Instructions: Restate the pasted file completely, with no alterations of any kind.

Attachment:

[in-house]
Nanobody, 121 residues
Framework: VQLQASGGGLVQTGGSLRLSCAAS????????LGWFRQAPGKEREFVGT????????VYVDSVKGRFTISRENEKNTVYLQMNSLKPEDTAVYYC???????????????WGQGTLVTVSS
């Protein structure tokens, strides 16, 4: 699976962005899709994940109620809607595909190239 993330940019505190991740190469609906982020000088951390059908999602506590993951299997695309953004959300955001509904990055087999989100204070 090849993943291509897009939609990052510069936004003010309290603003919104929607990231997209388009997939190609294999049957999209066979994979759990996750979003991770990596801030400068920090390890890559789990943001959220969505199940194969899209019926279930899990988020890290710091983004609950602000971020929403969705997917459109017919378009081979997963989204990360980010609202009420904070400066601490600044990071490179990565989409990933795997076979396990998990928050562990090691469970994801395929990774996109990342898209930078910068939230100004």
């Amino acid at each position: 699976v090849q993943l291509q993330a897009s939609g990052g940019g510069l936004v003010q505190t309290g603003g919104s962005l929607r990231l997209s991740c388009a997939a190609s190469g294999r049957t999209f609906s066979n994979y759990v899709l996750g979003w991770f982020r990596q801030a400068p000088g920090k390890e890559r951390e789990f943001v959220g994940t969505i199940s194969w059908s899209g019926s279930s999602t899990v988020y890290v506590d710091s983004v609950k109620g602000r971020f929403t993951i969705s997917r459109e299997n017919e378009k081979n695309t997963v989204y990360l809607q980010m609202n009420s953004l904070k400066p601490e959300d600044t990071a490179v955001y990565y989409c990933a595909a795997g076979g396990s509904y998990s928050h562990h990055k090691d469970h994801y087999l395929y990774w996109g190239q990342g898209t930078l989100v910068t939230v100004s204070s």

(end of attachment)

[in-house]
Nanobody, 121 residues
Framework: VQLQASGGGLVQTGGSLRLSCAAS????????LGWFRQAPGKEREFVGT????????VYVDSVKGRFTISRENEKNTVYLQMNSLKPEDTAVYYC???????????????WGQGTLVTVSS
């Protein structure tokens, strides 16, 4: 699976962005899709994940109620809607595909190239 993330940019505190991740190469609906982020000088951390059908999602506590993951299997695309953004959300955001509904990055087999989100204070 090849993943291509897009939609990052510069936004003010309290603003919104929607990231997209388009997939190609294999049957999209066979994979759990996750979003991770990596801030400068920090390890890559789990943001959220969505199940194969899209019926279930899990988020890290710091983004609950602000971020929403969705997917459109017919378009081979997963989204990360980010609202009420904070400066601490600044990071490179990565989409990933795997076979396990998990928050562990090691469970994801395929990774996109990342898209930078910068939230100004």
């Amino acid at each position: 699976v090849q993943l291509q993330a897009s939609g990052g940019g510069l936004v003010q505190t309290g603003g919104s962005l929607r990231l997209s991740c388009a997939a190609s190469g294999r049957t999209f609906s066979n994979y759990v899709l996750g979003w991770f982020r990596q801030a400068p000088g920090k390890e890559r951390e789990f943001v959220g994940t969505i199940s194969w059908s899209g019926s279930s999602t899990v988020y890290v506590d710091s983004v609950k109620g602000r971020f929403t993951i969705s997917r459109e299997n017919e378009k081979n695309t997963v989204y990360l809607q980010m609202n009420s953004l904070k400066p601490e959300d600044t990071a490179v955001y990565y989409c990933a595909a795997g076979g396990s509904y998990s928050h562990h990055k090691d469970h994801y087999l395929y990774w996109g190239q990342g898209t930078l989100v910068t939230v100004s204070s």